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Wiley Rein Files Amicus Brief in Generic Patent Case
On January 10, 2011, Wiley Rein filed an amicus brief in the United States Supreme Court on behalf of the Generic Pharmaceutical Association (GPhA) in support of a petition for certiorari in a case of national importance involving the nation's quarter-of-a-trillion-dollar prescription drug market and the standards for patentability under the federal patent laws. Mylan Inc.'s cert petition in Mylan, Inc. v. Daiichi Sankyo Co., No. 10-770 (filed Dec. 8, 2010), presents the question whether the Federal Circuit's so-called "lead compound" test for determining obviousness of a chemical compound conflicts with the Supreme Court's decision in KSR International Co. v. Teleflex Inc. Nonobviousness is one of the statutory prerequisites for federal patent protection. In KSR, the Supreme Court expressly rejected a "rigid approach" to obviousness in favor of the "expansive and flexible approach" the Court had applied for decades and reversed a decision of the Federal Circuit that utilized a "teaching-suggestion-motivation" test as the exclusive means of determining obviousness. Contrary to the teaching of KSR, the Federal Circuit has employed its "lead compound" test as the sole means of determining obviousness in the arena of chemical compounds.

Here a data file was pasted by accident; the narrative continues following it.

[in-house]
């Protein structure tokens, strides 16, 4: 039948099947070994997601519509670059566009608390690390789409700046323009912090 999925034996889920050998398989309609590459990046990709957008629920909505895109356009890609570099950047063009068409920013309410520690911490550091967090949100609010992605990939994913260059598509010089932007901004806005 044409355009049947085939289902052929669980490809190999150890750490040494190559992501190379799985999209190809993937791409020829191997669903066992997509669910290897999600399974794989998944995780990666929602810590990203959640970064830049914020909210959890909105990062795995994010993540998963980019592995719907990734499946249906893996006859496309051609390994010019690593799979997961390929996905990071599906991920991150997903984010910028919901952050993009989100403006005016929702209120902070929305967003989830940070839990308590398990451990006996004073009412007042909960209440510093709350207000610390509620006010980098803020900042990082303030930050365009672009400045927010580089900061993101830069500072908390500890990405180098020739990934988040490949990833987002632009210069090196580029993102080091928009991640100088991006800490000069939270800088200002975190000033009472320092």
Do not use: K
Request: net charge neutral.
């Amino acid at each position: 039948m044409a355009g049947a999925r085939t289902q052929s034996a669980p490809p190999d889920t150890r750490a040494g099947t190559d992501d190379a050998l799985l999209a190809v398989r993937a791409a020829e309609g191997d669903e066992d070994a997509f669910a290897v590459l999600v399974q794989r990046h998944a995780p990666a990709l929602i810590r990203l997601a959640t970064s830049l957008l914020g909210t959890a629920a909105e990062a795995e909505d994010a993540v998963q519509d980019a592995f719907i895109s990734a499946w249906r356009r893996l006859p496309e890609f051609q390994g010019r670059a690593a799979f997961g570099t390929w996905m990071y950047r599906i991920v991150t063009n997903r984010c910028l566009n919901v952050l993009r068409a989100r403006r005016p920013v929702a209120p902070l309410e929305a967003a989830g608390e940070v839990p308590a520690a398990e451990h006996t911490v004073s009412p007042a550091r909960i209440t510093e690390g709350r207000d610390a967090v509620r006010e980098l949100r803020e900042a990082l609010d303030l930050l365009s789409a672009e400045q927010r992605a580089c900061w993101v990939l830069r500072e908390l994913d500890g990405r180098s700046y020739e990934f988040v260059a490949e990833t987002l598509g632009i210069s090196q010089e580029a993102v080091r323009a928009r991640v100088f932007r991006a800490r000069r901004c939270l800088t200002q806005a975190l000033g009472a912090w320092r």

Wiley Rein's amicus brief on behalf of GPhA highlights the importance of this case, explaining how conferring patent monopolies on "obvious" advancements in the field of medicinal chemistry will significantly delay market entry of generic drugs, which will lessen competition and harm the public in multiple respects. In particular, the use of generics instead of brand-name prescriptions saves the national health care system more than $1 billion dollars every three days, but when generic drugs are improperly foreclosed from the market, prescription drug prices soar and consumers suffer. Individual consumers not only suffer serious financial harm, but even worse, high prices for brand-name prescription drugs often cause those afflicted to skip needed doses or forgo obtaining expensive prescription drugs altogether. Moreover, delaying generic drugs from entering the market causes serious harm to the public fisc-and thus to American taxpayers-because the federal government is the largest purchaser of pharmaceutical drugs.
Attorneys from Wiley Rein's nationally recognized Patent (James H. Wallace and John B. Wyss) and Appellate Practices (Helgi C. Walker and Thomas R. McCarthy) combined forces on this important amicus brief on behalf of GPhA. A decision by the Supreme Court on certiorari is expected by some time in March of this year.